Cynthia Rebolledo. He can't say for sure how many meals he has had here since 1966, when he boarded a train from Stockton for Chino, with only the clothes on his back and whatever belongings he could carry. Today, he's having Poulet Basque (braised chicken with tomatoes and peppers) and a glass of red house wine.
Clad in Wrangler blue jeans, an elaborate embroidered belt and a checkered shirt with pearl snaps, Bordagary says there were at least 300 dairies when he moved here, at age 28. "When I came to Chino, there was no Chino Hills. It was mountains, sheep, cattle, farms. Now, it's shopping centers and houses 'til Diamond Bar. It's changed too much," he says.
The Centro is technically an ostatuak, a Basque boarding house. For more than a century, these establishments populated the American West. At their peak, in the late 19th century, as many as 30 of them populated Orange and Los Angeles counties.
In Chino, on the western edge of San Bernardino County, the heart of the region's Basque community, the boarding houses have shut down, one by one, as the young men who traditionally lived in them moved into their own apartments and the sheepherders of the West disappeared. That leaves Centro Basco, which has been open since 1940, as Southern California's last remaining Basque boarding house and Bordagary as its last boarder.
In Euskara, the Basque language, these ostatua Amerikanuak ("hotels and boarding houses of the American Basques") sprung up in central California in the middle of the 19th century. They began as small rural outposts along wagon and cattle trailing lines, then established themselves in every mid-to-major-size Basque colony across the West, from Southern California to Nevada, Idaho, Utah and beyond.
Dr. Jeronima Echeverria, a historian and former executive vice chancellor for the Cal State system, says these communal dwellings, also known as "Basque hotels" in English, allowed renters to relax in the comfort of a familiar language, cuisine and culture as they adapted to their new homeland.
Hoteleros often extended credit to newcomers in exchange for their loyalty and eventual repayment. "The boarding house owner truly played a vital role in the boarder's success," Echeverria says.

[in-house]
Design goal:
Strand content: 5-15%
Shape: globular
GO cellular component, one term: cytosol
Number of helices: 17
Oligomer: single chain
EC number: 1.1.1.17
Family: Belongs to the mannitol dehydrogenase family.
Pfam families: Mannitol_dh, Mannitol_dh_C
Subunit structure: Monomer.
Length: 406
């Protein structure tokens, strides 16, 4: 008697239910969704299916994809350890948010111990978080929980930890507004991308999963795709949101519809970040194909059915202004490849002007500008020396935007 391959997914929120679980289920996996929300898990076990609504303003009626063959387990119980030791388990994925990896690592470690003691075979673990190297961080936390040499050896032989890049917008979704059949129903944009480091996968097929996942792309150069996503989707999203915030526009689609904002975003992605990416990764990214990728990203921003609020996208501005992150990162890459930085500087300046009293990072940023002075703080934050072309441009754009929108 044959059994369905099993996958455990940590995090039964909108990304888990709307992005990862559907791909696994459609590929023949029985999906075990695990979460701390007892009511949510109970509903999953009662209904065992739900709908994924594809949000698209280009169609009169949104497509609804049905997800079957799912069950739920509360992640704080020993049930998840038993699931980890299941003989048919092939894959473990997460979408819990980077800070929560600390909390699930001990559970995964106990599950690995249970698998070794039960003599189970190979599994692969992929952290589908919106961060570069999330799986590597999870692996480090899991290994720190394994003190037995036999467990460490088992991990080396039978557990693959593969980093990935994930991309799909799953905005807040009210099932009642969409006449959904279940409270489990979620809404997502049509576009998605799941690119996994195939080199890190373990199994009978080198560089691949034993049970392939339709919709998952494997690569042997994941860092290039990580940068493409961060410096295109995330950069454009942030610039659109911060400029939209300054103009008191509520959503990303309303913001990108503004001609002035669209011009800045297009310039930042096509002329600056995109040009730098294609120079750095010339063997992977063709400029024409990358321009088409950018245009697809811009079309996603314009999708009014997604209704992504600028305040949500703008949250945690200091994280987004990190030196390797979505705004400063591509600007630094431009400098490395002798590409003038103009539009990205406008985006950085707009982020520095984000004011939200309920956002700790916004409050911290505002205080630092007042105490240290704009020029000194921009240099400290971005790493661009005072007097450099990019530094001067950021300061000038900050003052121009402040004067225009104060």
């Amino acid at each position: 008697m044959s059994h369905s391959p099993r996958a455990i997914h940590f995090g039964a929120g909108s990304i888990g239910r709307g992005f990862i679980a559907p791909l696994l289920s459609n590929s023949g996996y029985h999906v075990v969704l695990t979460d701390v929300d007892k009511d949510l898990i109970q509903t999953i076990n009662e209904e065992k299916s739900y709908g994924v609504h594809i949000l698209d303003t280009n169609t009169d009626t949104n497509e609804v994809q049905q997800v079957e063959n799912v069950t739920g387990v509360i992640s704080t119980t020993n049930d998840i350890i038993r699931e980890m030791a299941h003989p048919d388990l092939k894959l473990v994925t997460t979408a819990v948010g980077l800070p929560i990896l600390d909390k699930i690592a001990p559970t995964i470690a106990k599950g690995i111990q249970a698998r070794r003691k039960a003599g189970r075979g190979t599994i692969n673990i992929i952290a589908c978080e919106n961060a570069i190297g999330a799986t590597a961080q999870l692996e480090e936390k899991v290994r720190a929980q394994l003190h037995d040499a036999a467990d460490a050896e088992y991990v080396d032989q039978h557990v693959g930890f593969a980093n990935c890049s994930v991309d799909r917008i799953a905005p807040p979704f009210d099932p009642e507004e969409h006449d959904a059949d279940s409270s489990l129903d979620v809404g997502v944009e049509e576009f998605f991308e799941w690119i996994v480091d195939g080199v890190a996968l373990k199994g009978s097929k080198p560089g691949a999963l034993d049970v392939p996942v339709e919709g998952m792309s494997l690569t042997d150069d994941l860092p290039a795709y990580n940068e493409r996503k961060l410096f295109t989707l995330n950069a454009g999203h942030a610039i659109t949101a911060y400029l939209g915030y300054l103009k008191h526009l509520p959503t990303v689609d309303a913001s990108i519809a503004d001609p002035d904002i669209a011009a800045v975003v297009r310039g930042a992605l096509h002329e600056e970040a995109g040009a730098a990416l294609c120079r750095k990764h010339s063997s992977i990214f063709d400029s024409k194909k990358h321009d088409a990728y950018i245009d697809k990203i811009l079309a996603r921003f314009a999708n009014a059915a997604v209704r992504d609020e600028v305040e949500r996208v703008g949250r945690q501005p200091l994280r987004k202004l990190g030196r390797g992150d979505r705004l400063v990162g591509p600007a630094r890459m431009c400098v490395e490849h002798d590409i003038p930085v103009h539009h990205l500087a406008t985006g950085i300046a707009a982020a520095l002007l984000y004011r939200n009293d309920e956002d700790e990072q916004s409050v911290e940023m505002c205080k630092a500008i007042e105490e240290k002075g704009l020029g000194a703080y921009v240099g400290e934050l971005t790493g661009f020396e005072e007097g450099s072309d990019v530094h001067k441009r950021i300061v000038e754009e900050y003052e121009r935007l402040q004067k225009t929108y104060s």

Faced with urban development and a declining concentration of Basque residents, Echeverria says the ostatuak of the American West reached their zenith between 1890 and 1930. By the 1960s, only a trickle of Basque people were immigrating to the United States. Former boarding houses are now primarily restaurants and bars.
"They are really a thing of the past. They're still valuable in Basque communities because they are a place for people to gather, just as they always were, but they don't serve the major transitional functions they once served, transitioning people to America," Echeverria says.
Bordagary's path, like that of so many immigrants, did not follow a simple trajectory.
Born in 1938, Bordagary left his parent's home in Saint-Jean-Pied-de-Port, France, when he was 20 (the Basque region occupies portions of north central Spain and southwestern France along the coastal waters of the Bay of Biscay and through the western Pyrenees Mountains). He was drafted into the French Army and spent more than two years fighting in the Algerian War. When he returned home, he struggled to find work.
"At that time, there were no jobs in the Euskadi [Basque nation], nothing," Bordagary says.
Political repression, poverty and economic conditions worsened, spurring waves of Basque migration. Most migrants headed for Latin America, Mexico or the United States. Since he was the second-oldest son, Bordagary stood to inherit nothing from his parents, so he looked to the U.S. for opportunity.
When he arrived in Stockton, California in 1961, Bordagary joined fellow Basques who were working in the sheep industry, the community's traditional entry point into the American workforce.
"My boss was waiting at the bus depot for me. He didn't know me. I didn't know him. He was a Basque guy too," Bordagary says.
After five lonely, demanding years working as a sheep herder for large ranching operations, he had saved enough money to move to Chino. There, he had friends in the dairy industry and, like many Basque men before him, he lived in an ostatuak.